As the world has changed considerably over the past couple of decades, so have hostels. Although foul smelling backpackers with blackened feet due to a lack of bathing can still be found staying at hostels, hostels have become a nice form of accommodations not only for the young but also for those looking to save on funds when traveling. As such, there is no longer one type of hostel anymore; there exist hundreds of various size (how many guests can you accommodate), type of room, (dormitory style, private room), as well as offerings (breakfast, access to kitchen facilities).
The last time I stayed in a hostel was almost five years ago. While I’m probably past the point of staying in them, due to having money available for nicer accommodations (there are some benefits to aging), I would still strongly recommend them to anyone with an open mind. Hostels are nothing like what was depicted in the 2005 Hollywood horror film of the same name (no one has ever been slashed to death at a hostel, at least to my knowledge).
My first ever hostel experience was in Nicaragua in the colonial city of Granada. As Nicaragua is the second poorest nation in the Western Hemisphere, I wasn’t expecting a lot, especially since the program I was studying with was all about sustainable development and accommodations for previous trips had been sparse, and well, sparse. The Hostel Oasis completely changed my opinion. Although it had the typical dormitory room filled with a long row of single beds in a non-air-conditioned room all for only $9 USD a night, it also had private rooms for both singles well as groups of three or four. A word to the wise, should you ever travel to Nicaragua, pay for accommodations with air-conditioning as the heat is beyond oppressive. The program put us up in those and so not only did my program mates and I not have to sleep amongst strangers in a hot, windowless space, we also had our own bathroom, all for $57 a night for the room (prices would obviously have been lower back in 2005), coming out to roughly $14 a night for each person. Also included in the rate was an incredibly filling breakfast each morning, Internet access, and a free 15 minute call to anywhere in the United States, Canada, and Europe. For students abroad being able to make a call home for free, this is the best thing.
Of course, there still exist some unworthy hostels, for me, the one I stayed at while in Rome. I decided to go to Italy for my spring vacation while studying abroad for the semester in Spain. The only problem was that I decided this a bit late, so most of the hostels that had positive reviews and ratings were already booked. Although I’ve long since forgotten the name of the hostel (probably on purpose), it was a cheap place located a few blocks from the Termini train station (if you’ve ever been to Rome you’ll know that the Termini area is anything but desirable). The hostel was on the second floor of a rather worn looking building that appeared to be from the early 1900s, if not before. The hostel was run by a family and featured three rooms, a boy’s, a girl’s, and a co-ed one. Furnishings were the bare-bone minimum, the bathrooms even more so. Although the bathroom at my host family’s house wasn’t the best, I had never been so happy to return and take a shower where I felt actually clean afterward. Unlike some other hostels, no breakfast was served. The only saving grace about the hostel was that I met three incredibly nice girls, two from Ireland, the other from New Zealand. When staying in such close quarters with strangers, you do get to know them at least while you are there. Although we didn’t stay in touch, I still enjoyed a couple great nights talking and eating pizza with them.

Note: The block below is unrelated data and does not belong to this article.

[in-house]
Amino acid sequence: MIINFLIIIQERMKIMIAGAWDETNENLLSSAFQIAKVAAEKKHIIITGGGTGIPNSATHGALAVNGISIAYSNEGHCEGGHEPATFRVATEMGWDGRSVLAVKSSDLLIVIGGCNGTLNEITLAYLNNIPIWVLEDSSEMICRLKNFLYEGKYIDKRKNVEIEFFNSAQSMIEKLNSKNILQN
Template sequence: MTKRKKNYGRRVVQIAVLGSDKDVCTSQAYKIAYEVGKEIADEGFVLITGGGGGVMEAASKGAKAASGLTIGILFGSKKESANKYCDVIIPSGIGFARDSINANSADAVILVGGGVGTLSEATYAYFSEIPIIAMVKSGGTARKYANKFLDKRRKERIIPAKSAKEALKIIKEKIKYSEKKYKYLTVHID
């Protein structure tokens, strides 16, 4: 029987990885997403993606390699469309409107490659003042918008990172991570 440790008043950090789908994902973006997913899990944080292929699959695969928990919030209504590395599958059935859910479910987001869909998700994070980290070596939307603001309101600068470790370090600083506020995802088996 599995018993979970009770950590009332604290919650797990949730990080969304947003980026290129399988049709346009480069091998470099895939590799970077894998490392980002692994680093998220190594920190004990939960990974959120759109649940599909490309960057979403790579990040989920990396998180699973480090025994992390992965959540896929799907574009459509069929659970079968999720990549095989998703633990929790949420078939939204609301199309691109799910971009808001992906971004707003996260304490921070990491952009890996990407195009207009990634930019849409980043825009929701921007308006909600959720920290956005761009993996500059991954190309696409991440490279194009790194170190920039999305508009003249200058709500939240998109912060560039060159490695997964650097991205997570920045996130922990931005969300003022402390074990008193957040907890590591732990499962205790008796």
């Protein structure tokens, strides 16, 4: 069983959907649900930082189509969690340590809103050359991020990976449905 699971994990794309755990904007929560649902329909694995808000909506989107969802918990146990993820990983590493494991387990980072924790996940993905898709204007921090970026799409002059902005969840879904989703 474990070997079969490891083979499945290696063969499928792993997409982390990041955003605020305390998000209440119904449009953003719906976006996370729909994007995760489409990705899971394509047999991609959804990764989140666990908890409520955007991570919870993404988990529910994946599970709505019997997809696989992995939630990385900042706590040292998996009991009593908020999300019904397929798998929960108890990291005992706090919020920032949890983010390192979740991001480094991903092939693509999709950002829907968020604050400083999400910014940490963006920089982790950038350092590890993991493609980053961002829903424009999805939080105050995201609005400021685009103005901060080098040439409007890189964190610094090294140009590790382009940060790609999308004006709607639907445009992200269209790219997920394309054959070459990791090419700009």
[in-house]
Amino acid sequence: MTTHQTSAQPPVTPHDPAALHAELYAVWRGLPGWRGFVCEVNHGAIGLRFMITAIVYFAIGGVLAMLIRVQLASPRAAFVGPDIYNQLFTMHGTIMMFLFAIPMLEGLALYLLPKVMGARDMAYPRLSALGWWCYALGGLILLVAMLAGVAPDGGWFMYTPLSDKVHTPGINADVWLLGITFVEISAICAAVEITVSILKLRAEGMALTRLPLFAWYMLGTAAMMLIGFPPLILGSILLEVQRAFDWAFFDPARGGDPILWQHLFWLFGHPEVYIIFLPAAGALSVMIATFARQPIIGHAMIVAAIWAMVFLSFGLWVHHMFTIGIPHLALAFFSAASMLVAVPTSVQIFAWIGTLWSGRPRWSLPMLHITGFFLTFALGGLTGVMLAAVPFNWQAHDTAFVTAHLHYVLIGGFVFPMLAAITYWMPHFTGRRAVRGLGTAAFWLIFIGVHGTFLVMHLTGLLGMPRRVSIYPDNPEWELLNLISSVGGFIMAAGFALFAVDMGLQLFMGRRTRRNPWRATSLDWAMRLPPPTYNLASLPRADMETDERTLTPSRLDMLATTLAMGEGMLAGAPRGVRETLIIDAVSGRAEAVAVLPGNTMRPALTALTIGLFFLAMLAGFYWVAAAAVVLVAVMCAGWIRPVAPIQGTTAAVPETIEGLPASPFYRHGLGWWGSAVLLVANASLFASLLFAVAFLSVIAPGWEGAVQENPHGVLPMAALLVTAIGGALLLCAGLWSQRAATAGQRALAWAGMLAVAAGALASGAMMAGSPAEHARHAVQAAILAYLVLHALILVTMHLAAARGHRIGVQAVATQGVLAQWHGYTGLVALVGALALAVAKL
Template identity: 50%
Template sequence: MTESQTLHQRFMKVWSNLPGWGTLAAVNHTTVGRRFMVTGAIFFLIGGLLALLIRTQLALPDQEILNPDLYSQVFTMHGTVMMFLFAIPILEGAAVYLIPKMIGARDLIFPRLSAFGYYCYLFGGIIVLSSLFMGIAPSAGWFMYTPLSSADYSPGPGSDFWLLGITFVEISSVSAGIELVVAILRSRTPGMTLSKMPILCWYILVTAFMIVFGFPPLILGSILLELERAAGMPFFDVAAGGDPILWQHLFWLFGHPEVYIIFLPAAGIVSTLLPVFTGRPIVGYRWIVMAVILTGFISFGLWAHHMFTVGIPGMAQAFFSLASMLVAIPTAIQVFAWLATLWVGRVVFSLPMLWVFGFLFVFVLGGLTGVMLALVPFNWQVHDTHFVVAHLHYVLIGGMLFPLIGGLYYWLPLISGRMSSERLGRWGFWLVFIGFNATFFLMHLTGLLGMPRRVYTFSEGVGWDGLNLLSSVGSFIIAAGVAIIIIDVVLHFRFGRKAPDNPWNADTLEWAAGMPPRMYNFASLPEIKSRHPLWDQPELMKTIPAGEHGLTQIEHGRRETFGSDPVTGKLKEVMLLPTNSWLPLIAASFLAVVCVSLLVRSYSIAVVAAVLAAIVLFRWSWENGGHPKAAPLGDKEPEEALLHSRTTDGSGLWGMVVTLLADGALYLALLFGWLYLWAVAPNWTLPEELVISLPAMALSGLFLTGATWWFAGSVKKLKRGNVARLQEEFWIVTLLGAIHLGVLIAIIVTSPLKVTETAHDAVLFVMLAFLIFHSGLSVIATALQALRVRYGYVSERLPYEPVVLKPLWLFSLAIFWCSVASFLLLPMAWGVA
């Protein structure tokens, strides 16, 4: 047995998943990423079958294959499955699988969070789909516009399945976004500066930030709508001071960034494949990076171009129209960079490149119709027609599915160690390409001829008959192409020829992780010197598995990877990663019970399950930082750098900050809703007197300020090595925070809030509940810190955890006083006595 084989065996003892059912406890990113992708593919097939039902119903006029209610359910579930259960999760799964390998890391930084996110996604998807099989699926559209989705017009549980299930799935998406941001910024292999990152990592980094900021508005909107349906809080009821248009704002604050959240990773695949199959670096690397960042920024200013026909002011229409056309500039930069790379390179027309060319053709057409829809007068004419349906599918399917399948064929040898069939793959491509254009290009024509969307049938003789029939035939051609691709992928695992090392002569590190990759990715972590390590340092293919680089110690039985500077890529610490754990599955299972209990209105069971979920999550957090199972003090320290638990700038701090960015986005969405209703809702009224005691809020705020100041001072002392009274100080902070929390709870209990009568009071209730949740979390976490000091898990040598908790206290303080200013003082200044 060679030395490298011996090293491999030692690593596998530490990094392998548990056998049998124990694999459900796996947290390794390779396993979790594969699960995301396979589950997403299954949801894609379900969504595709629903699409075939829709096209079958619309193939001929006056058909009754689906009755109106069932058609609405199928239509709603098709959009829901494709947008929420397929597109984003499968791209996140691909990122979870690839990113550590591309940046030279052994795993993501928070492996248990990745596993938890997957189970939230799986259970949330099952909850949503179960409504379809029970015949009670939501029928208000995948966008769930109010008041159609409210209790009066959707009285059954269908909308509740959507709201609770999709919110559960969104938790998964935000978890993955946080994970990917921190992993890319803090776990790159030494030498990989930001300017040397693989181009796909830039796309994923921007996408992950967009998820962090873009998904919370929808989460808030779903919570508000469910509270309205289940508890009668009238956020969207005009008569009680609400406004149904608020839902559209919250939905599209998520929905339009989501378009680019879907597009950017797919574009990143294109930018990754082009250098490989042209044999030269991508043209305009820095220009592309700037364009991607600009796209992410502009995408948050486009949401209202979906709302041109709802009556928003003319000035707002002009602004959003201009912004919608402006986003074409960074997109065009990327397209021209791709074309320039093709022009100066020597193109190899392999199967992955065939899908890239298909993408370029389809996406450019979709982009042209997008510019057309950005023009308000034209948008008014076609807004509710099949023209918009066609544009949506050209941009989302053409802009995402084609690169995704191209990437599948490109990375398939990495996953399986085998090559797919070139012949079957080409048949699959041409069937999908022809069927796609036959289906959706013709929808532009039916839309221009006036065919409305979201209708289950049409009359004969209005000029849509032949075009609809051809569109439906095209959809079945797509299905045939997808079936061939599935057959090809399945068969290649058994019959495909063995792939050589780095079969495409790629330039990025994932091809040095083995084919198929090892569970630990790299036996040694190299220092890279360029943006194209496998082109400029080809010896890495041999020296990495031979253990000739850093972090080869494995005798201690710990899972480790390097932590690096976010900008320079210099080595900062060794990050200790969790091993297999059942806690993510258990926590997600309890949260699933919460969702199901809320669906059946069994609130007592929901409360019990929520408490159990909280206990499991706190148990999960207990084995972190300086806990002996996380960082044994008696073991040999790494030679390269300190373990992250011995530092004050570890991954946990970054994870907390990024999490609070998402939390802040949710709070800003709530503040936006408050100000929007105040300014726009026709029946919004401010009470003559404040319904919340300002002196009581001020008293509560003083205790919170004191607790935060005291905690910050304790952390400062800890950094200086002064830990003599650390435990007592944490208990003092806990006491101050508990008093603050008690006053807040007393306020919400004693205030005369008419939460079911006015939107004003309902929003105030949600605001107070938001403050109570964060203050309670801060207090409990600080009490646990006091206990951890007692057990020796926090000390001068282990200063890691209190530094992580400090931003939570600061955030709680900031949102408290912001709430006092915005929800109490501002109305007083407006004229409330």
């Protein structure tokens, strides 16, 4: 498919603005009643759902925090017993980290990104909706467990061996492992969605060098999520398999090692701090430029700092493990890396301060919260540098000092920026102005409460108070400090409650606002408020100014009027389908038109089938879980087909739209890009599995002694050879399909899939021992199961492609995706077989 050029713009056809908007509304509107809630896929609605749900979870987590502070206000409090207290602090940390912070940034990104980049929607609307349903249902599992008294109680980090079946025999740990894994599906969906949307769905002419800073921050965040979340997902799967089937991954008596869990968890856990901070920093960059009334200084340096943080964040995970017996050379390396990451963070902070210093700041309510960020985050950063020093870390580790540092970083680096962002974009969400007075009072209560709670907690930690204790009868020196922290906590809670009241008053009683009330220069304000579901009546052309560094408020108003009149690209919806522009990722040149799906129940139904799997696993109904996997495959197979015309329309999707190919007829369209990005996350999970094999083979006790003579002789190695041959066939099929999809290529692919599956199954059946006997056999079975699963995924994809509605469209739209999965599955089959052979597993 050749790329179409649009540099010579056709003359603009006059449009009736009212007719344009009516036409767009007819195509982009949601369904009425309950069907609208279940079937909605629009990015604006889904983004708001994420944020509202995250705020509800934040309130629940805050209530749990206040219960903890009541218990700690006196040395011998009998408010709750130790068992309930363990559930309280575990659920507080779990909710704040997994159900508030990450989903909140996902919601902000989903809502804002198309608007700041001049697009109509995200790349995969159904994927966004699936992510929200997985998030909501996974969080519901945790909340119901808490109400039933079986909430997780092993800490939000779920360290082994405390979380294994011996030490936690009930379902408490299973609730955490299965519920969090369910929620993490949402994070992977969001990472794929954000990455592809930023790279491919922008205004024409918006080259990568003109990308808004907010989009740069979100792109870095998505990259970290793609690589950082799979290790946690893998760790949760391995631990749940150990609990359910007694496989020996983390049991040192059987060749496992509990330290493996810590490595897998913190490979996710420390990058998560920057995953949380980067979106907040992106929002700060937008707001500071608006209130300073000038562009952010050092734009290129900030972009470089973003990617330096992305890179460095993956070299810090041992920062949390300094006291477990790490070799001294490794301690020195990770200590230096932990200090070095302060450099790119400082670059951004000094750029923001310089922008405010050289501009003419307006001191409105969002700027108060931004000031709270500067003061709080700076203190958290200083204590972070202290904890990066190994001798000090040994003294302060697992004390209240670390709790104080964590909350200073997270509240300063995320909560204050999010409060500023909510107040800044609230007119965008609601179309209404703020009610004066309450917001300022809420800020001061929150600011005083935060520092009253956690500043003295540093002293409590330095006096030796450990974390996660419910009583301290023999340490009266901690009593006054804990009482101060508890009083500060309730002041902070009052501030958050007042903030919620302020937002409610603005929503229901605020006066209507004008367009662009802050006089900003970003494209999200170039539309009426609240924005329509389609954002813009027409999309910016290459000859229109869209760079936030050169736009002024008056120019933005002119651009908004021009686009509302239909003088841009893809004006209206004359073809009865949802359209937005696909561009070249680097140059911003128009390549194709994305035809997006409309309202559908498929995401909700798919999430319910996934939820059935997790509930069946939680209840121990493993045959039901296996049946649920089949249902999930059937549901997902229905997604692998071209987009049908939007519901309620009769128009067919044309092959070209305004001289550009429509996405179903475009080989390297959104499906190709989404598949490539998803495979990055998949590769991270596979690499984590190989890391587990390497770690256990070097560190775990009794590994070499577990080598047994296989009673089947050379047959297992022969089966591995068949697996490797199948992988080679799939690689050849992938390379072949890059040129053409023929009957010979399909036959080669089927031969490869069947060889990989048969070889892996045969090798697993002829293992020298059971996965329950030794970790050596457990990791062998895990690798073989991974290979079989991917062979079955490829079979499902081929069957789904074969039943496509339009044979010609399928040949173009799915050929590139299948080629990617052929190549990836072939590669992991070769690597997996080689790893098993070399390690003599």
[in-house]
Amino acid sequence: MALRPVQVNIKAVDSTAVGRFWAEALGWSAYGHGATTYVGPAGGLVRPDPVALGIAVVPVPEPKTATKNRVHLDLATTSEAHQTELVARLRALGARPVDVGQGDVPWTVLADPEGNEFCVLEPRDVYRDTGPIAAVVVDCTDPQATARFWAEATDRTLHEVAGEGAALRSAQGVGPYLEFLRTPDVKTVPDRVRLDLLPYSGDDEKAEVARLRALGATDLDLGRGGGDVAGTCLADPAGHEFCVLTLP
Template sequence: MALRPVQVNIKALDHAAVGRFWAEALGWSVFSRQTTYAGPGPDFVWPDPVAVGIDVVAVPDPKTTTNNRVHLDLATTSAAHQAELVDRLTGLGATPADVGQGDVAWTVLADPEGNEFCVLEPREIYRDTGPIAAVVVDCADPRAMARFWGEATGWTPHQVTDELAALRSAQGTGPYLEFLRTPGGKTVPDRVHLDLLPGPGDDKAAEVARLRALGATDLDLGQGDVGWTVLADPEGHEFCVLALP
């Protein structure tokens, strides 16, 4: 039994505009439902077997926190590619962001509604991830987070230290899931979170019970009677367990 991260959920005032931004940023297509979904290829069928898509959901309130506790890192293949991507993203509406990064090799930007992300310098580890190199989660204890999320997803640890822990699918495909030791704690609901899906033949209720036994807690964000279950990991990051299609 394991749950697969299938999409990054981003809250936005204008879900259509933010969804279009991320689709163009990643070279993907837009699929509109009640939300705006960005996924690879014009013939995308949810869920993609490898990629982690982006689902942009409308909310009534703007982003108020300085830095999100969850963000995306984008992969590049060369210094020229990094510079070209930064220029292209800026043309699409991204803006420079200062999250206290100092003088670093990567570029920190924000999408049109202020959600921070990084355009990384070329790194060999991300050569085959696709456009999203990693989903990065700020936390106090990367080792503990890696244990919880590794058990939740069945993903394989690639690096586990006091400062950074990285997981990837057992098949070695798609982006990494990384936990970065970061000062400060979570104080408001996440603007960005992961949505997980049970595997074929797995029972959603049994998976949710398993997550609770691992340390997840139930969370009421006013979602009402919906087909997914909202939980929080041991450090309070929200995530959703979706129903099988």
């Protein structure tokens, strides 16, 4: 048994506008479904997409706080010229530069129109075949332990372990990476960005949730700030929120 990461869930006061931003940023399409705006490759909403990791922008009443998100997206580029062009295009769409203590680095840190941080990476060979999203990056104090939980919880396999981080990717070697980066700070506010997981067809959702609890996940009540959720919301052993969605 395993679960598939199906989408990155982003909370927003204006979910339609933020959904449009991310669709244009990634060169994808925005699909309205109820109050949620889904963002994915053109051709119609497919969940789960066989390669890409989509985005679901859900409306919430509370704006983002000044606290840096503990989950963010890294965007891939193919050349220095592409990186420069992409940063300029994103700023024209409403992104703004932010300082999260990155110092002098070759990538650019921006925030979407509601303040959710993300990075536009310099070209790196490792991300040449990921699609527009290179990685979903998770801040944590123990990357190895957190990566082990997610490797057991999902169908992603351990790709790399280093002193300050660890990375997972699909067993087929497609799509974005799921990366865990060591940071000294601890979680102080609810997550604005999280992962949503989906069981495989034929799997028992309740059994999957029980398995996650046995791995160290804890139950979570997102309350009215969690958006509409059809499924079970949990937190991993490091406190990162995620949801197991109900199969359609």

Since then, I’ve stayed at three other hostels, one in Madrid, one in in Buenos Aires, Argentina, the other in Mexico City. Madrid’s was incredible and ironically I stayed there on my way back from Italy; it would have been much nicer to have stayed the week there as opposed to the only one night. Although hostels do vary in terms of building facilities, types of rooms, and services offered, there definitely exist a lot of great finds that aren’t at all expensive and leave you with more money to spend at your actual destination as well as the chance to meet some incredible citizens of the world.